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Frequent early colds have both an upside and a downside

By JIM ROSS, Times Staff Writer
© St. Petersburg Times
published February 24, 2002

INVERNESS -- Kids are sniffling and sneezing, staying home from school, trying to recover from whatever ailment has knocked them down for the count.

No doubt about it, the sick season is here. But are some children more likely to get sick than others?

Consider a recent study published in Archives of Pediatrics and Adolescent Medicine. The study determined that, at age 2, children who attended large day care centers (six or more students) are almost twice as likely as children who stay home to have had frequent colds.

Between the ages of 6 and 11, however, the children from day care are less than half as likely as their stay-home counterparts to have suffered frequent colds.

The study's lead author, Dr. Thomas M. Ball, an associate professor of clinical pediatrics at the University of Arizona College of Medicine, drew the following conclusion: The early illnesses lead children from large care centers to develop immunity to many of the viruses responsible for the common cold.

By the time the children reach age 13, the study found, children from day care backgrounds and home backgrounds enjoyed the same degree of protection.

The study findings came as no surprise to Carol Byrum, an advanced registered nurse practitioner (ARNP) who specializes in pediatric care.

Byrum has examined countless patients during her 31 years on staff at the Citrus County Health Department. She often performs the general physical examinations that must be completed before a child may enroll in day care.

"I tell them (parents) to make sure that you have a backup (day care provider), because when your child goes into the day care, you are going to be in here every two weeks for the first six to 12 months," Byrum said.

That's an observation, not a scientific conclusion, Byrum emphasized.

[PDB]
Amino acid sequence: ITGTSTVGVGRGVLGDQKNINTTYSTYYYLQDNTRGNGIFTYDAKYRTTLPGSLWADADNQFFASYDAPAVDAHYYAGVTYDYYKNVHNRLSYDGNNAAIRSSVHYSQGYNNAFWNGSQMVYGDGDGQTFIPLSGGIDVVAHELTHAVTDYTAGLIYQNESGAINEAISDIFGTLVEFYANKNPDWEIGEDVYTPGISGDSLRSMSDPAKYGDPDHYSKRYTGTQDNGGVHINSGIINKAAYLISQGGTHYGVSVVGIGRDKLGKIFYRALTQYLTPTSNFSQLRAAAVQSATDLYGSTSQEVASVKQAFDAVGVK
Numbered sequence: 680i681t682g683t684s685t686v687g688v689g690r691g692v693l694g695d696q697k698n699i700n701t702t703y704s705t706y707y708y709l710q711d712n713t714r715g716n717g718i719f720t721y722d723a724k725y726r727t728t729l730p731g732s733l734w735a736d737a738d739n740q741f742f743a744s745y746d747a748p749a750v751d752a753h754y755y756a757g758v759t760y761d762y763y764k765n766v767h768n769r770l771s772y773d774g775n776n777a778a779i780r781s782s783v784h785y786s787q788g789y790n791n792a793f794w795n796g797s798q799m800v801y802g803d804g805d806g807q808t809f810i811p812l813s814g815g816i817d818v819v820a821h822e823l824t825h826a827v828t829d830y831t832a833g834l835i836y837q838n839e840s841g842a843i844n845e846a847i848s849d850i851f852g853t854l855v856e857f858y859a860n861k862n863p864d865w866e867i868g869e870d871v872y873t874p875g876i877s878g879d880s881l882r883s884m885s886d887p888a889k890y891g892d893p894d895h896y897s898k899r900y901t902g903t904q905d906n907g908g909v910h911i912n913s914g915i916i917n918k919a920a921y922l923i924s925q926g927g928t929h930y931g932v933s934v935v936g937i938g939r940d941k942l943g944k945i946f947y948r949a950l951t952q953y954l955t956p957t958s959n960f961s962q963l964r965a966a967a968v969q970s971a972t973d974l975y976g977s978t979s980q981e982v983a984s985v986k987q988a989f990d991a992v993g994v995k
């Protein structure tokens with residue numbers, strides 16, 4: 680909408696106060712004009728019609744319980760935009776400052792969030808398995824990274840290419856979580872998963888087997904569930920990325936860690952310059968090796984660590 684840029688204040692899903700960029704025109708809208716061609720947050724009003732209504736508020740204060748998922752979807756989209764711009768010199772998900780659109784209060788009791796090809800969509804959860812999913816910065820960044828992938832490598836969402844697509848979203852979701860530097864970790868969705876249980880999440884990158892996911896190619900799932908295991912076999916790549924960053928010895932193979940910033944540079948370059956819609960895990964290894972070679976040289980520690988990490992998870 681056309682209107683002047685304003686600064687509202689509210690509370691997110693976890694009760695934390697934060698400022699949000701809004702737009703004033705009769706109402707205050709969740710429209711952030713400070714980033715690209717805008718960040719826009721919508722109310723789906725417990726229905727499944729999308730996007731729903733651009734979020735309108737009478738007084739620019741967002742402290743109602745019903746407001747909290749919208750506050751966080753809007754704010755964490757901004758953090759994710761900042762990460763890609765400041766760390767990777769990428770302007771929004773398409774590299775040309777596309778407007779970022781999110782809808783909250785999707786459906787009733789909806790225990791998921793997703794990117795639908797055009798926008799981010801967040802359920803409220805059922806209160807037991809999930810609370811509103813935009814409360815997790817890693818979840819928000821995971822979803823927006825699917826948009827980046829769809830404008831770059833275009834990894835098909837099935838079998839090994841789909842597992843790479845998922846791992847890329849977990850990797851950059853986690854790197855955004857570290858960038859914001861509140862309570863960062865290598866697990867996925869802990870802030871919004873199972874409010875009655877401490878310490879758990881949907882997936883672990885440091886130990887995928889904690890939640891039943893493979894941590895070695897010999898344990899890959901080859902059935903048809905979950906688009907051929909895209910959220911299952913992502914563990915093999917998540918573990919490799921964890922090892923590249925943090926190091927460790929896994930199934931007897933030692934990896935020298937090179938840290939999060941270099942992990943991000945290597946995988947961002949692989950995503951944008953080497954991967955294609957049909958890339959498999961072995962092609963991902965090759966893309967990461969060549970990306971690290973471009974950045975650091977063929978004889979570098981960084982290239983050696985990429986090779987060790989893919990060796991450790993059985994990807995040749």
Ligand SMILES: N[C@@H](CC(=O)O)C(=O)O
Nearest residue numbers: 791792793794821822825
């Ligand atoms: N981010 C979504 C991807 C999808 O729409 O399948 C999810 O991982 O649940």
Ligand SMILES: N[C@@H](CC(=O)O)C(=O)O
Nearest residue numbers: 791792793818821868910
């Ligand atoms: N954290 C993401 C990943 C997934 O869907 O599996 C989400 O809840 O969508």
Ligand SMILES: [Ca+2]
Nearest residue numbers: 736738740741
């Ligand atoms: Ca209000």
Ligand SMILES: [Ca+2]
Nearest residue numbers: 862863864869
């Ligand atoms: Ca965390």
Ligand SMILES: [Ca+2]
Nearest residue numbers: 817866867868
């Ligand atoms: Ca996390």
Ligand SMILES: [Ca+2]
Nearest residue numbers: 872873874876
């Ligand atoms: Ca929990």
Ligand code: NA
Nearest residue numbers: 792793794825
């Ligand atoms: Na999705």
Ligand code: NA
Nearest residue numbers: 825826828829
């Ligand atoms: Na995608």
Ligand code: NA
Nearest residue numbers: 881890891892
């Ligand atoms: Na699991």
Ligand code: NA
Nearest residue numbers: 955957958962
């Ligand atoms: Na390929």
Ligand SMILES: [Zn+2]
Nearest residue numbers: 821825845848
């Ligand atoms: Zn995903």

Still, in her experience, it's true: Young children in day care get sick more often, and not just with colds; and kids cared for at home are more likely to fall ill once they start kindergarten and are around large groups of children.

For that matter, the theory applies to adults. Byrum said new employees at the health department's pediatric units often fall sick quite a bit until their immunities build up.

"I haven't been sick in 15 or 20 years," she said. (Advanced registered nurse practitioners like Byrum are trained at the master's degree level and have specialty training beyond their initial nursing training.)

Ball said the study should relieve parents who feel guilty for placing their children in day care.

"I would like to reassure parents of preschoolers that, when their child has colds, they should know the child's immune system is learning from this experience, and that will come back to protect them later," he was quoted as saying in an Associated Press story about the study.

That same story quoted from an editorial that Dr. Abraham Bergman of the University of Washington published in the medical journal. He said the study proved there was a "silver lining" to early viral illnesses.

"The benefit to colds in the toddler years is that kids miss less school later, when it counts," Bergman was quoted as writing.

Dr. Ira Fialko, a veteran Citrus County pediatrician, agreed that young children in day care tended to contract colds more often than their counterparts who are cared for at home.

He wasn't as certain about the second conclusion -- kids with no day care experience getting sicker between ages 6 and 11 -- but he didn't quarrel with the research findings.

Still, despite how the researchers framed their findings, Fialko said there are significant downsides to very young children contracting colds.

Younger children who contract a cold are far more likely than older children to develop ear infections, bronchitis and other complications that require medical assistance.

"The older you are, the better you handle a cold," the doctor said.

Ball and Anne Wright, a research professor of pediatrics at Arizona, studied more than 1,000 children who have been followed from birth as part of the Tucson Children's Respiratory Study, according to a university news release.

For the past 20 years, researchers at the Arizona Respiratory Center have collected information about children's health and their environment.

-- Jim Ross writes about medical news in Citrus County. Reach him at 860-7302 or

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